Cultural Wonders

Borobudur is just one of Indonesia's world-class historic monuments, but travellers also come to witness a fascinating range of living cultures.


This is the world's largest Buddhist monument: a massive, stepped mountain of cut stone, decorated with sculpture. Built by the Sailendra dynasty in the 8th and 9th centuries, it is essentially a stupa, a kind of pyramidal shrine, with six concentric square terraces topped by three circular ones.


Lying a few miles to the southeast of Borobodur, Prambanan consists of a set of large, tall and elaborately carved Hindu temples. They were built during the Mataram dynasty in the 10th century. Moonlit performances of the classical Hindu Ramayana ballet take place at an open-air theatre between May and October.


This large, historic town was (and remains) the power base of a sultanate founded in 1755, which co-existed with the Dutch rule of Indonesia. It is a centre for the preservation of many of the classical traditions of Javanese art and culture, including dance and shadow-puppets - traditions forged under Hindu rulers, but preserved through centuries of Islam. Among the chief sights is the Kraton complex, which encompasses the Sultan's palace. Yogyakarta is famous also as a centre of traditional crafts, including ceramics, silverwork and batik.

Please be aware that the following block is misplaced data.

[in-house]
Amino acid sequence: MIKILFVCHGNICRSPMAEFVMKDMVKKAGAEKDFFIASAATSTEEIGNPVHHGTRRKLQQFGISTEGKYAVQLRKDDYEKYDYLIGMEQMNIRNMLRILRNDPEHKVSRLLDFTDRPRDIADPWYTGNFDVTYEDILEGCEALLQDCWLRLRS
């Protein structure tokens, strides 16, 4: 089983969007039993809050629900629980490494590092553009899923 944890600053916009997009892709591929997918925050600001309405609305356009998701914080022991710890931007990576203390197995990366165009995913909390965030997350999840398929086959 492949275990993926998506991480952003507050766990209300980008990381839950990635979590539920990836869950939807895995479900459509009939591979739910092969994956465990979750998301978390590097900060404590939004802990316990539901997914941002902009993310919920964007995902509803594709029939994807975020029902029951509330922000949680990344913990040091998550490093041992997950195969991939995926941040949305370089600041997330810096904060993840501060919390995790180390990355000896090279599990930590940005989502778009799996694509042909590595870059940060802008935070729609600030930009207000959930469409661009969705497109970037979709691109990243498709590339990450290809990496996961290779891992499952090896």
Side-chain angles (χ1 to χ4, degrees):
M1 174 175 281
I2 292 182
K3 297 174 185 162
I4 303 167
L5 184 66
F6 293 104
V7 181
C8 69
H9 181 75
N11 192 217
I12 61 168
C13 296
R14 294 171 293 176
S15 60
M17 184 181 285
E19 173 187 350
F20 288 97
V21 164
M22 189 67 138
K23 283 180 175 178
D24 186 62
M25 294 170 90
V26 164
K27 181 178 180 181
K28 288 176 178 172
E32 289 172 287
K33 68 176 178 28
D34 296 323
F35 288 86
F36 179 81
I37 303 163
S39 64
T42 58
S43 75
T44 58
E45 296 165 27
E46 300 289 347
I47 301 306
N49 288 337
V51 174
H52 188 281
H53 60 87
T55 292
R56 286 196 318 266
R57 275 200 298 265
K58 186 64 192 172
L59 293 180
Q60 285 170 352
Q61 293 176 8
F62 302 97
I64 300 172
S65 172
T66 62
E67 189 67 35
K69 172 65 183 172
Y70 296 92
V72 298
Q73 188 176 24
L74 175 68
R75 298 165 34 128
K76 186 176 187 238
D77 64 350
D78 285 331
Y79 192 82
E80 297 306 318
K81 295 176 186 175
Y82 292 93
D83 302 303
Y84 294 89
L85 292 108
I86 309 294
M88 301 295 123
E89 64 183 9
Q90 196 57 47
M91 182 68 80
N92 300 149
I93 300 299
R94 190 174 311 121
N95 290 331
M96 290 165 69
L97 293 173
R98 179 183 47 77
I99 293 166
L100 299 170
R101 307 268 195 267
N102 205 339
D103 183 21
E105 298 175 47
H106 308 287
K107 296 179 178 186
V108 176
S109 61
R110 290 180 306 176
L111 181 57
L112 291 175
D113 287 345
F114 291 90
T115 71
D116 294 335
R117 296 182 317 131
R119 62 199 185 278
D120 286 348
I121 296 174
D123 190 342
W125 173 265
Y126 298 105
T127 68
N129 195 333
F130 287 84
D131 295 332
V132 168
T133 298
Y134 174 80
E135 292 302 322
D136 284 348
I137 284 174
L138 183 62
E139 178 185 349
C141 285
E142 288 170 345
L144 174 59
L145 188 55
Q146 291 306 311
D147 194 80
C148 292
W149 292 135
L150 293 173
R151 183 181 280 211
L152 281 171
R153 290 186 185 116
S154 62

The Hindu culture of Bali permeates all aspects of life, and can be witnessed in daily rituals and offerings, as well in the countless temple ceremonies, towards which all dance and gamelan music is ultimately directed. Among the many temples of considerable antiquity, perhaps the most significant is Gunung Kawi, a set of ten shrines cut into the rock walls that line the Pakrisan River, dating back perhaps to the 11th century. See also the separate article on Bali.

The Toraja

The Toraja people, living in Tana Toraja in the highland region of South Sulawesi, are famous for two aspects of their culture. Their traditional family homes are large wooden houses with a distinctive, upward-curving roof. Also, they have remarkable customs for dealing with their dead. Bodies are preserved in the home awaiting the elaborate funeral feasts that usually take place during a season that lasts from August to October. These are accompanied by ritual dancing and buffalo fights, whereafter the bodies are buried in a place marked by distinctive wooden effigies, which can be seen lining balconies on cliff faces.

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